Reducing poverty through agricultural development

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As a developing country with a population of some 52 million, Myanmar should make its agricultural policy effective enough to drive the economic development. Since 70% of the population works the farm in rural areas, the government needs to direct its effort to increased agricultural production.
The previous government vowed to bring down the country’s poverty rate from 26% to 16% in 2015. It did not meet its target. According to the Asian Development Bank’s statistics this year, 25.6% of the country’s population lives below the national poverty line, followed by the Philippines at 25.20% and Laos at 23.20%. That means the incumbent government has the responsibility to accomplish the unfinished work.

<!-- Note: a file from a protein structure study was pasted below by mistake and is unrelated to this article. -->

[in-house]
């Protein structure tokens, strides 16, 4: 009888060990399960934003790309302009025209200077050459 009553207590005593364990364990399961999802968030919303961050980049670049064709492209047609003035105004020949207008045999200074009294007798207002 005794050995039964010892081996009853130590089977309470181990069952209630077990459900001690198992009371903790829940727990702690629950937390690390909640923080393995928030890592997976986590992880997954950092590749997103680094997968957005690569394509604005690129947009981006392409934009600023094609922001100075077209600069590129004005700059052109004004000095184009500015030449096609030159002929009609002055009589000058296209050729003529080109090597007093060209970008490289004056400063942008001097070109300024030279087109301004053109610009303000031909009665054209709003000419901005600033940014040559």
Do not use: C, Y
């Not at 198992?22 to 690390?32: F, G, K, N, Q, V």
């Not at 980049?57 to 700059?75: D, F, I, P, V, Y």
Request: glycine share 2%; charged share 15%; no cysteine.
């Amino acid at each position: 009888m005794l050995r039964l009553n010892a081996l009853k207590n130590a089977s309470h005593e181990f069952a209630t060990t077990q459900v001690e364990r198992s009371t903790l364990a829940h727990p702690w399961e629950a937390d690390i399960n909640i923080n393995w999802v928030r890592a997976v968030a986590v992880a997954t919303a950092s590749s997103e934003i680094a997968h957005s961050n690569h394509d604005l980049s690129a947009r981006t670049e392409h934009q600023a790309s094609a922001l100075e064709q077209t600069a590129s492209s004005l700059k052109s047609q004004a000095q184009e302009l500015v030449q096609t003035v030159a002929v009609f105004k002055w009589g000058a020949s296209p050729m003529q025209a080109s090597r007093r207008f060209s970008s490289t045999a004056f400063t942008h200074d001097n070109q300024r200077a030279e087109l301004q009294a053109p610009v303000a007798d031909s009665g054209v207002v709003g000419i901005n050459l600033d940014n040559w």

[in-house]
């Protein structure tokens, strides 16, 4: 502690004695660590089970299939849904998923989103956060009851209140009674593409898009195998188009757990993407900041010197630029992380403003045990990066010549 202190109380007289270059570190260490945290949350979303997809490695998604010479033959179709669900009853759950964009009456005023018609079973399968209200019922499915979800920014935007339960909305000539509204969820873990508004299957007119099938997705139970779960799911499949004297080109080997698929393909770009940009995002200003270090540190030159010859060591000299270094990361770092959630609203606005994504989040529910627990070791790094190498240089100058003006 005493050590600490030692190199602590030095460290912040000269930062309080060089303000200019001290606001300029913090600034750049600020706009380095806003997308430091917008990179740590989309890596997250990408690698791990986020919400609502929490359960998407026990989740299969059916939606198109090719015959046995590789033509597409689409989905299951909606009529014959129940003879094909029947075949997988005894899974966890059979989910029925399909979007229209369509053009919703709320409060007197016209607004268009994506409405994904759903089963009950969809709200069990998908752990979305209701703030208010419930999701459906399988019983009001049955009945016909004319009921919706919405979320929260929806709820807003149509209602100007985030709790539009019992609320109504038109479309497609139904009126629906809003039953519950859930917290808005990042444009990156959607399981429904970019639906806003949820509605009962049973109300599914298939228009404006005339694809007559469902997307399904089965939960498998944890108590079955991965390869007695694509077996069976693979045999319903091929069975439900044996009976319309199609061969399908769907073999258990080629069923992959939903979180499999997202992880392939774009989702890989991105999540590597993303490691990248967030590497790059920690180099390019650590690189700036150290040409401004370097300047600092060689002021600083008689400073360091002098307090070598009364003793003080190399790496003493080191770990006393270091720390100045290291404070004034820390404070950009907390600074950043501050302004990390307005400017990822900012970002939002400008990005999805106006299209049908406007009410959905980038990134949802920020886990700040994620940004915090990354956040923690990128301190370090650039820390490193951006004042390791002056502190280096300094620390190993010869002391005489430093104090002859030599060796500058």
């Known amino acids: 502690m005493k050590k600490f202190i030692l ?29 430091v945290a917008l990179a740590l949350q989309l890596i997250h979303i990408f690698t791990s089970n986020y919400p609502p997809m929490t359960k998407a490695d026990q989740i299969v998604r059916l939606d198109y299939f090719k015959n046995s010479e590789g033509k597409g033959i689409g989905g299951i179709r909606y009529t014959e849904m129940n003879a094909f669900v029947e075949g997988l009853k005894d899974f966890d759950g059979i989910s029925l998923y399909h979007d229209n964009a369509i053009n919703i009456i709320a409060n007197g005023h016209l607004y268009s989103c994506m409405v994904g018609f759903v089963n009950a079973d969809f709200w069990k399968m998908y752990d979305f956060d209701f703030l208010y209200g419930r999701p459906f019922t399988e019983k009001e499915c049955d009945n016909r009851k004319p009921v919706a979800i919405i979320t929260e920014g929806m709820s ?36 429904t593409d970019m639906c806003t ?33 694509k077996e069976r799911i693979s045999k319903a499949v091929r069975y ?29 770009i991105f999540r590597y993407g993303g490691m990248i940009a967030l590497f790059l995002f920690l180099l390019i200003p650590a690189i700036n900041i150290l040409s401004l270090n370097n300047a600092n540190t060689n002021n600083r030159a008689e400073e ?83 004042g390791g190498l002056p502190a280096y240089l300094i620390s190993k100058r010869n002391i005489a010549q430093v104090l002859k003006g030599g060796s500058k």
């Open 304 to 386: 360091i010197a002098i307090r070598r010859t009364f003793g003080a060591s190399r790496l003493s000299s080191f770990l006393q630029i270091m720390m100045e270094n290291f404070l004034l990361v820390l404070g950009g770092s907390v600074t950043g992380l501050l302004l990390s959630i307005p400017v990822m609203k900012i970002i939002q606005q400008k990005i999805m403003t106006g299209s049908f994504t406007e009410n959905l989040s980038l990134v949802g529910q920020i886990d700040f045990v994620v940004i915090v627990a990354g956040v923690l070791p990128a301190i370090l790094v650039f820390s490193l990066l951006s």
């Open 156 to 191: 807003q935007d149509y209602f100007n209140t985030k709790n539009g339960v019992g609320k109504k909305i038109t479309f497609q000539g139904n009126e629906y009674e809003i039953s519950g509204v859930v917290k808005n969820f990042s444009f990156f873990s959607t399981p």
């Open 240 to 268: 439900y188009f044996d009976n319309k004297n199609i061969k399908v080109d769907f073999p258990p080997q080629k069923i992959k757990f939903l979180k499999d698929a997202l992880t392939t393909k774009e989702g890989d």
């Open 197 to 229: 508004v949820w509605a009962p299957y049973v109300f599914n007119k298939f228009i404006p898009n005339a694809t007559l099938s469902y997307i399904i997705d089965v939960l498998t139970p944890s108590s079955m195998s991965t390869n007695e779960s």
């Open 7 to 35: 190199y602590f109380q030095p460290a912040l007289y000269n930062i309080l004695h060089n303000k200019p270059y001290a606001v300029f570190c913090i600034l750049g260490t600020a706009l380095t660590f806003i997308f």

The government should focus its development strategy on the inclusive growth concept by expanding economic opportunities to all rural farmers. They need cultivable land and farm machinery to grow food. It is globally accepted that farmers play a key role in feeding the whole population of the world, which is projected to hit 9 billion by 2050.
Poor agricultural policies will result in poor agricultural production, thereby harming agricultural development. Undeniably, agricultural development can drive economic growth as it can raise incomes, improve food security and maintain soil health. Agriculturalists have advocated that healthy soil sustains ecosystems such as nutrient cycling, water regulation, flood prevention and habitats for biodiversity.
Having led a simple life in rural areas, farmers will find it difficult to adapt themselves to land management and technology. The onus is on the government to render intensive and extensive support to them in terms of advanced farming practices and agricultural loans. Helping farmers is helping others after all.

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